Leaders Can Pave the Way for Effective Student Data Sharing

Leaders Can Pave the Way for Effective Student Data Sharing

This blog is part of a series on seven principles of effective data sharing, including contributions from StriveTogether’s Geoff Zimmerman and DQC’s Chris Kingsley; it was originally posted on the StriveTogether blog. Zimmerman uses the 90% by 2020 initiative as a case study for how strong leaders can facilitate effective dating sharing between school and community organizations to better support student learning.

Strong school and community leaders can create a powerful force for informed collaboration to better support students. The leadership table of the 90% by 2020: Anchorage United for Youth is an example of how a powerful group of leaders can help pave the way data utilization and community-wide commitment to improving education outcomes.

90% by 2020 launched Anchorage’s first community report card last fall. In a recent interview about this key milestone, Senior Director of Education Impact Kameron Perez Verdia told us he learned about a successful approach to community conversations from a local CEO on their leadership team. “His main takeaway was that we need to make it about them and not about us,” Kameron said. “How does this work impact you as a small business owner? How does this work impact you as a parent? How does this work impact you as a teacher or construction worker? He was really thinking about taking the key messages around outcomes and data and utilization of community resources, and making these conversations about the key people he was talking to. That’s where it becomes really powerful.”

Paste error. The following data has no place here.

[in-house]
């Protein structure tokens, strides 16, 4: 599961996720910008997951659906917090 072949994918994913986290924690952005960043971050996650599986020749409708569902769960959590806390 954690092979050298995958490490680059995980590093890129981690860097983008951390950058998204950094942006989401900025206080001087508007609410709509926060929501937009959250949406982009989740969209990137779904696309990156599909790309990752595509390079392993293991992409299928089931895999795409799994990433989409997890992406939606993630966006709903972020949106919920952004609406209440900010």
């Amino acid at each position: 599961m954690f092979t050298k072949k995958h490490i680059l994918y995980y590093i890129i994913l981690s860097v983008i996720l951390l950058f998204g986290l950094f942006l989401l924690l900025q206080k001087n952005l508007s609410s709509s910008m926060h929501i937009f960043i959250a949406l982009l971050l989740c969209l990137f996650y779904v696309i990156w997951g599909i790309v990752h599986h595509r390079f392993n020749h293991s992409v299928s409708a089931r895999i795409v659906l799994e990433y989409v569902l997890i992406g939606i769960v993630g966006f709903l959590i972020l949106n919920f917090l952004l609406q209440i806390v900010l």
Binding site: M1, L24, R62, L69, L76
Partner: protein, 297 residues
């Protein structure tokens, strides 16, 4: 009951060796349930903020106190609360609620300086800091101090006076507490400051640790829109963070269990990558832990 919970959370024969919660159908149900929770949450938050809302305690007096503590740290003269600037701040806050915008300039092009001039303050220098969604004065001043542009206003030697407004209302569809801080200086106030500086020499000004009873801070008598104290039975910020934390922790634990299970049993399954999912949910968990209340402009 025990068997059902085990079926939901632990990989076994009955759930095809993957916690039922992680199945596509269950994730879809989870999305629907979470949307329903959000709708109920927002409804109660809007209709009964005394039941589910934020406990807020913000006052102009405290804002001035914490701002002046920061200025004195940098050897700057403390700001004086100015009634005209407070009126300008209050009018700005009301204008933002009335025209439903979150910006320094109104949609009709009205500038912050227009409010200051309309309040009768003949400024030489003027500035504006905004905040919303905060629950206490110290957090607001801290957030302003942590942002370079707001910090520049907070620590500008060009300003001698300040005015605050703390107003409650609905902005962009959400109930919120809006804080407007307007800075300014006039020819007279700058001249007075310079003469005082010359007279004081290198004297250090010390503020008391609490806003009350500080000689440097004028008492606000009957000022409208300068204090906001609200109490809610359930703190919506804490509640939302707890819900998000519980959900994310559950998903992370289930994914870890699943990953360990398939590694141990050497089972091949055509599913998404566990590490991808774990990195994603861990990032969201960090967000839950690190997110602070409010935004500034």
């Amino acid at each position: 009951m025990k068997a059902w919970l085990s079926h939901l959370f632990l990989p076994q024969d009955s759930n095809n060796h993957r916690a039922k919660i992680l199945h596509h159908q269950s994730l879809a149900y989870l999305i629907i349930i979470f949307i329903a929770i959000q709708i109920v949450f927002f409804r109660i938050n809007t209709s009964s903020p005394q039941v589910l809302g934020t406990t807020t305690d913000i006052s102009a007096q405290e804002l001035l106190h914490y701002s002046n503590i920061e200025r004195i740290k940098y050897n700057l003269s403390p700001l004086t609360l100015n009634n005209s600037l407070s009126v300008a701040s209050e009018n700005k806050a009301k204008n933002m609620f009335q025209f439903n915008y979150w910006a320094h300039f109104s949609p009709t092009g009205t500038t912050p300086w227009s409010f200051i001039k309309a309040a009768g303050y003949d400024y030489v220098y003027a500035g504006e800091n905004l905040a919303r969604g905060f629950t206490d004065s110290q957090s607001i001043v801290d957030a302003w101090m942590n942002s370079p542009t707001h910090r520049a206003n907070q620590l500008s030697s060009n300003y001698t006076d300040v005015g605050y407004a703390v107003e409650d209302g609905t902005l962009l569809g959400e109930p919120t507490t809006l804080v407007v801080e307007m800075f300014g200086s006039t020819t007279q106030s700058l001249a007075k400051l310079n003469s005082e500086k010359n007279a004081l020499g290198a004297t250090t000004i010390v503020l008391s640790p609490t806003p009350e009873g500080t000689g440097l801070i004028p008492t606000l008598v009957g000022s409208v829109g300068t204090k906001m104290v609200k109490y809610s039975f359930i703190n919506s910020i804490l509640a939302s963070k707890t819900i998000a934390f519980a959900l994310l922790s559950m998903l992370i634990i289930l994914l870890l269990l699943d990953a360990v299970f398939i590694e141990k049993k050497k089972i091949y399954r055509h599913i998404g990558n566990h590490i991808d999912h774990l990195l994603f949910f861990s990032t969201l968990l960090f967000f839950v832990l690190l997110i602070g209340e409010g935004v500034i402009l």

Conversations around student data can be extremely challenging. And, many community organizations are unsure how to even begin to develop data sharing partnerships across organizational boundaries. When schools and local community organizations effectively share data, schools can better understand which community partners are serving students and help to align partners and resources. And community organizations have better information on the kids they are serving, which can help improve programming.

StriveTogether and the Data Quality Campaign (DQC) recently released Data Drives School-Community Collaboration: Seven Principles for Effective Data Sharing, a new resource to help communities implement complex data partnerships. A data sharing playbook for community partnerships, this resource contains seven key lessons about how to begin and grow a data-driven initiative with schools and other community partners. It also includes several case examples and resources to help guide communities.

Pave the way with leaders and decision makers is first principle for effective data sharing in the playbook. Decision makers, not data people, get information moving. And they do it when it’s in their own best interest.

Leaders involved in data sharing need to advocate for the use of data for continuous improvement, and for the legality, urgency and value of data sharing for the partnership. And to get there, just like the CEO in Anchorage did, each community needs to build these partnerships by understanding what’s in it for each of them.

It’s in this spirit that we need to pave the way with leaders and decision makers to create the structures for sustained data sharing across sectors. Sustained data sharing is the only way that communities will be able to know what practices are leading to improved outcomes so they can align existing resources to practices that are getting results.

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